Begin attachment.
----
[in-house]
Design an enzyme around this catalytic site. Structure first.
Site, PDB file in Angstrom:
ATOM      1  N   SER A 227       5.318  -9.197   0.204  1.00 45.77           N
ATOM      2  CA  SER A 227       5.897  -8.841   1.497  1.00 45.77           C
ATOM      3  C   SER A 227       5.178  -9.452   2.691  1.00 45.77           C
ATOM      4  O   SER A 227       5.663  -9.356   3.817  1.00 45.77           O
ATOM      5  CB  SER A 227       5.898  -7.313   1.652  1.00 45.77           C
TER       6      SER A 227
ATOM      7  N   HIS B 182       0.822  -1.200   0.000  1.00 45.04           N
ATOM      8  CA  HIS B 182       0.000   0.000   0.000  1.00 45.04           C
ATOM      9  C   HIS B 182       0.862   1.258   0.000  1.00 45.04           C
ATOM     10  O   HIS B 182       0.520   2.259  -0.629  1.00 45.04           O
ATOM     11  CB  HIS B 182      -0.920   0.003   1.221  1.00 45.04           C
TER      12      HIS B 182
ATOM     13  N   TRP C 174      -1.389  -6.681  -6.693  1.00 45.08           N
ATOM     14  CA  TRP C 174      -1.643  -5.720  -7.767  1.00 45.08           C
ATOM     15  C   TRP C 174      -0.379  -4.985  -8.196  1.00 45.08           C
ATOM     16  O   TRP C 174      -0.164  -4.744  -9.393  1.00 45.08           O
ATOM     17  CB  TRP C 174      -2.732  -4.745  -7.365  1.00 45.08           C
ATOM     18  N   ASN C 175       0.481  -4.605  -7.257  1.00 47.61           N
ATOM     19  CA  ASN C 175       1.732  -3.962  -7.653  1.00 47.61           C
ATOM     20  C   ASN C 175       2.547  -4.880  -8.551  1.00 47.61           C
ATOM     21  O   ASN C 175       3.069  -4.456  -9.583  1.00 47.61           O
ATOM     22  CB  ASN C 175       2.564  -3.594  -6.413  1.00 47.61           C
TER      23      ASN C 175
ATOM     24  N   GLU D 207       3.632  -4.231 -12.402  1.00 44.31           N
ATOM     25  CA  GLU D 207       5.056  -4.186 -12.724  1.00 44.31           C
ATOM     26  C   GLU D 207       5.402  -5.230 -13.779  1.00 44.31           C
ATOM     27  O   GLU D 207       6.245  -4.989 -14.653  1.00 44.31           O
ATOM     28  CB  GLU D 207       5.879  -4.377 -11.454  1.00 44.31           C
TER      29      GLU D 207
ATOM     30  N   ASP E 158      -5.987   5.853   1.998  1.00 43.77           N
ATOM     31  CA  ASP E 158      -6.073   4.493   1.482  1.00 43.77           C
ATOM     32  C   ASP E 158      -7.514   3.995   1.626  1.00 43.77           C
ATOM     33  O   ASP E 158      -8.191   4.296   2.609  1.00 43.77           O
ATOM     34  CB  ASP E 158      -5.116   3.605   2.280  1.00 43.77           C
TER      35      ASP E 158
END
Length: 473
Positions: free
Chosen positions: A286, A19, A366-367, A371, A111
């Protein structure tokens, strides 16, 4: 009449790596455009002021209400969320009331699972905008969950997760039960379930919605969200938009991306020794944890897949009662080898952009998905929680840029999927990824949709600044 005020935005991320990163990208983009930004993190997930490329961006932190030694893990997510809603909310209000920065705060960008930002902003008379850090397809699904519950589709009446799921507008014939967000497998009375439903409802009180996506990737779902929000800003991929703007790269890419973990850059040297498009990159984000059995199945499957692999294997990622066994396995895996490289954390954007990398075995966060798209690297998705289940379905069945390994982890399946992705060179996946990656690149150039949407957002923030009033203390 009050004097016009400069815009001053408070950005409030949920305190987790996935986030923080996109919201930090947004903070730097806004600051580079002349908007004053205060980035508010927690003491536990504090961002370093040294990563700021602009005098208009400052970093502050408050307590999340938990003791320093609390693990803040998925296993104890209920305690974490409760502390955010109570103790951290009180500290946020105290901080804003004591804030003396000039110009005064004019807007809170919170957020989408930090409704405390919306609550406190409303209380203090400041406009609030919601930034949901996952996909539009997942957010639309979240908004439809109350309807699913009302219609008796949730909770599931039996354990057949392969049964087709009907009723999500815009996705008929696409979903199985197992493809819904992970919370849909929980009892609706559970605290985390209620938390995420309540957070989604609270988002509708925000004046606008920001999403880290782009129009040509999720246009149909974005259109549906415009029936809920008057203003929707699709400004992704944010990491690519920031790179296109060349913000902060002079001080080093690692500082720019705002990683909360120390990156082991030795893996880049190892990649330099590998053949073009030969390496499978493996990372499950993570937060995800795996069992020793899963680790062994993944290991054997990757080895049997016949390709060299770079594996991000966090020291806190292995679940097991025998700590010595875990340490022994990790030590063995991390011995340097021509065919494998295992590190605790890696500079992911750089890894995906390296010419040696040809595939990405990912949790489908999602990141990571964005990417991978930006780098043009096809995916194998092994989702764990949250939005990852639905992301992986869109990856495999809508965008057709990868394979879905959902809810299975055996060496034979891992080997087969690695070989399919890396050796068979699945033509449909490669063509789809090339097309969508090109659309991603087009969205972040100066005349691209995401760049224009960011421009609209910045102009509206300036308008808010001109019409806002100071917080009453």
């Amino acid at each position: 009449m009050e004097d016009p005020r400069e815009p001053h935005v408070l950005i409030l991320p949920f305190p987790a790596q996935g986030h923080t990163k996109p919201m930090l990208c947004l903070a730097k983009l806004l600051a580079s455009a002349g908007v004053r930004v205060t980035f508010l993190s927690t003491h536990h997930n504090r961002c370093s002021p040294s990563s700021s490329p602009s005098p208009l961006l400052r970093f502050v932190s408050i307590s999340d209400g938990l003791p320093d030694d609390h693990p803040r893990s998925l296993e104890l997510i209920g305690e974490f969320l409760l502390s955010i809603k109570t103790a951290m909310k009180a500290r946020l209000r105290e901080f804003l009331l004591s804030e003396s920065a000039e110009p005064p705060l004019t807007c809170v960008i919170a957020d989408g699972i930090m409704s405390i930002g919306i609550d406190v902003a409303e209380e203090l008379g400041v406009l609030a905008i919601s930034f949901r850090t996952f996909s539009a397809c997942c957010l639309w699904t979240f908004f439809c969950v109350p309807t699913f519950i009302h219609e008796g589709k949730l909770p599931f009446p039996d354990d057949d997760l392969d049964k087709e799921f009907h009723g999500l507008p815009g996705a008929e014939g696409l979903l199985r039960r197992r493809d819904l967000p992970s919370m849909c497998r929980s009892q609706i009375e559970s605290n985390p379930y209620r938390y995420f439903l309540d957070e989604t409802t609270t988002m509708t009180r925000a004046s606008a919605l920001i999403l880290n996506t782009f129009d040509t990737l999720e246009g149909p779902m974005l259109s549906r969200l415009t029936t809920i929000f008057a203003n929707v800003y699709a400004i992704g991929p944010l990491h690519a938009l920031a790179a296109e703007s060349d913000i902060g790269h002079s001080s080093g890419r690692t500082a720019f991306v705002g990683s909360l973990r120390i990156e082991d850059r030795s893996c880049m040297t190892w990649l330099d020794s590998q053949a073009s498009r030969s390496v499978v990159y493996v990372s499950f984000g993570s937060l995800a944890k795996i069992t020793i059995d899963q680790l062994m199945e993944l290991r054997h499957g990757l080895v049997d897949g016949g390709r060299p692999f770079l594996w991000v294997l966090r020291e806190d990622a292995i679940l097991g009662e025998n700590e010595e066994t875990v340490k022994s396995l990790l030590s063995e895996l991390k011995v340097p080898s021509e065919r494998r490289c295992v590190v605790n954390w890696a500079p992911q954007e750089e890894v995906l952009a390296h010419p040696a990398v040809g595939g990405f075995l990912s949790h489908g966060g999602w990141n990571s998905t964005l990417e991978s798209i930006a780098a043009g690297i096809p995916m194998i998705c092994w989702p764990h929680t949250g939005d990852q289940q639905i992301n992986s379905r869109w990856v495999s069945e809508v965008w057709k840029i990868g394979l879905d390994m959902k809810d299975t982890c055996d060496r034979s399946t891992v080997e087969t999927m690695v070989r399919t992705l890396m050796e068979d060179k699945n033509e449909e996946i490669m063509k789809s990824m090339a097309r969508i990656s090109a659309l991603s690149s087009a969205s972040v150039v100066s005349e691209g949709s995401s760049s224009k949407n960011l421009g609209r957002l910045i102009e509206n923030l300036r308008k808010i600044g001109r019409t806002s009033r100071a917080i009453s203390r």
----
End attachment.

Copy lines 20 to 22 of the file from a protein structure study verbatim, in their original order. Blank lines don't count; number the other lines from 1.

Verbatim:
ATOM     17  CB  TRP C 174      -2.732  -4.745  -7.365  1.00 45.08           C
ATOM     18  N   ASN C 175       0.481  -4.605  -7.257  1.00 47.61           N
ATOM     19  CA  ASN C 175       1.732  -3.962  -7.653  1.00 47.61           C